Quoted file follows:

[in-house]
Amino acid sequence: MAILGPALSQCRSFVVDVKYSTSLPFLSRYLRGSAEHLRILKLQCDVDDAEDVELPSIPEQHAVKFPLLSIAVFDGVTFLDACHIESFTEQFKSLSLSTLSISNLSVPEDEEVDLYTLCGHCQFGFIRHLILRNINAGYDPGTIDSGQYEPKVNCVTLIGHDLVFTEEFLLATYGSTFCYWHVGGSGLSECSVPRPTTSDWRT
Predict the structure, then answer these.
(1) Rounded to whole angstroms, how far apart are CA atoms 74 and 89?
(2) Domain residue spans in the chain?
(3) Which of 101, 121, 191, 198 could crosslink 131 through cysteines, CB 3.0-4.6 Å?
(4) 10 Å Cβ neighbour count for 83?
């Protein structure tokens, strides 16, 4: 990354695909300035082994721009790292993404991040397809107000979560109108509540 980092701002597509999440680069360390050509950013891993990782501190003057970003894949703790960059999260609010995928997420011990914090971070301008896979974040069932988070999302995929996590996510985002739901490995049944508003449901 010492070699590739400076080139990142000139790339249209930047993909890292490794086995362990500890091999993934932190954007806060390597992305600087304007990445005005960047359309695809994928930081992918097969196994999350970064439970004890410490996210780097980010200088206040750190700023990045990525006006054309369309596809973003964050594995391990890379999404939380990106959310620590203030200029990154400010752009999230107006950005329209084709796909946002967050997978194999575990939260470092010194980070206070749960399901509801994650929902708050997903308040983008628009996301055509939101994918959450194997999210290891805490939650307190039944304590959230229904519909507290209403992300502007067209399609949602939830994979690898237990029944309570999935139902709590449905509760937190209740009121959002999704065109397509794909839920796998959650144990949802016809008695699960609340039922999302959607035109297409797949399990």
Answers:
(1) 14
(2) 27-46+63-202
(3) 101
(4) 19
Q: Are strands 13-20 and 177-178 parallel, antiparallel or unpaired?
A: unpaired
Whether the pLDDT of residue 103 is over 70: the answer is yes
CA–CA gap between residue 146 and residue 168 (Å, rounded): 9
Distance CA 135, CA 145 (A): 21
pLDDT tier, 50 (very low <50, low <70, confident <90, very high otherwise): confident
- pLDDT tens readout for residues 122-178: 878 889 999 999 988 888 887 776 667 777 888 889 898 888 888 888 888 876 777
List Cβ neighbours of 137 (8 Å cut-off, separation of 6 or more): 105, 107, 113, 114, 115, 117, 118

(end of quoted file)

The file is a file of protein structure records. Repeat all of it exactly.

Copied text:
[in-house]
Amino acid sequence: MAILGPALSQCRSFVVDVKYSTSLPFLSRYLRGSAEHLRILKLQCDVDDAEDVELPSIPEQHAVKFPLLSIAVFDGVTFLDACHIESFTEQFKSLSLSTLSISNLSVPEDEEVDLYTLCGHCQFGFIRHLILRNINAGYDPGTIDSGQYEPKVNCVTLIGHDLVFTEEFLLATYGSTFCYWHVGGSGLSECSVPRPTTSDWRT
Predict the structure, then answer these.
(1) Rounded to whole angstroms, how far apart are CA atoms 74 and 89?
(2) Domain residue spans in the chain?
(3) Which of 101, 121, 191, 198 could crosslink 131 through cysteines, CB 3.0-4.6 Å?
(4) 10 Å Cβ neighbour count for 83?
């Protein structure tokens, strides 16, 4: 990354695909300035082994721009790292993404991040397809107000979560109108509540 980092701002597509999440680069360390050509950013891993990782501190003057970003894949703790960059999260609010995928997420011990914090971070301008896979974040069932988070999302995929996590996510985002739901490995049944508003449901 010492070699590739400076080139990142000139790339249209930047993909890292490794086995362990500890091999993934932190954007806060390597992305600087304007990445005005960047359309695809994928930081992918097969196994999350970064439970004890410490996210780097980010200088206040750190700023990045990525006006054309369309596809973003964050594995391990890379999404939380990106959310620590203030200029990154400010752009999230107006950005329209084709796909946002967050997978194999575990939260470092010194980070206070749960399901509801994650929902708050997903308040983008628009996301055509939101994918959450194997999210290891805490939650307190039944304590959230229904519909507290209403992300502007067209399609949602939830994979690898237990029944309570999935139902709590449905509760937190209740009121959002999704065109397509794909839920796998959650144990949802016809008695699960609340039922999302959607035109297409797949399990």
Answers:
(1) 14
(2) 27-46+63-202
(3) 101
(4) 19
Q: Are strands 13-20 and 177-178 parallel, antiparallel or unpaired?
A: unpaired
Whether the pLDDT of residue 103 is over 70: the answer is yes
CA–CA gap between residue 146 and residue 168 (Å, rounded): 9
Distance CA 135, CA 145 (A): 21
pLDDT tier, 50 (very low <50, low <70, confident <90, very high otherwise): confident
- pLDDT tens readout for residues 122-178: 878 889 999 999 988 888 887 776 667 777 888 889 898 888 888 888 888 876 777
List Cβ neighbours of 137 (8 Å cut-off, separation of 6 or more): 105, 107, 113, 114, 115, 117, 118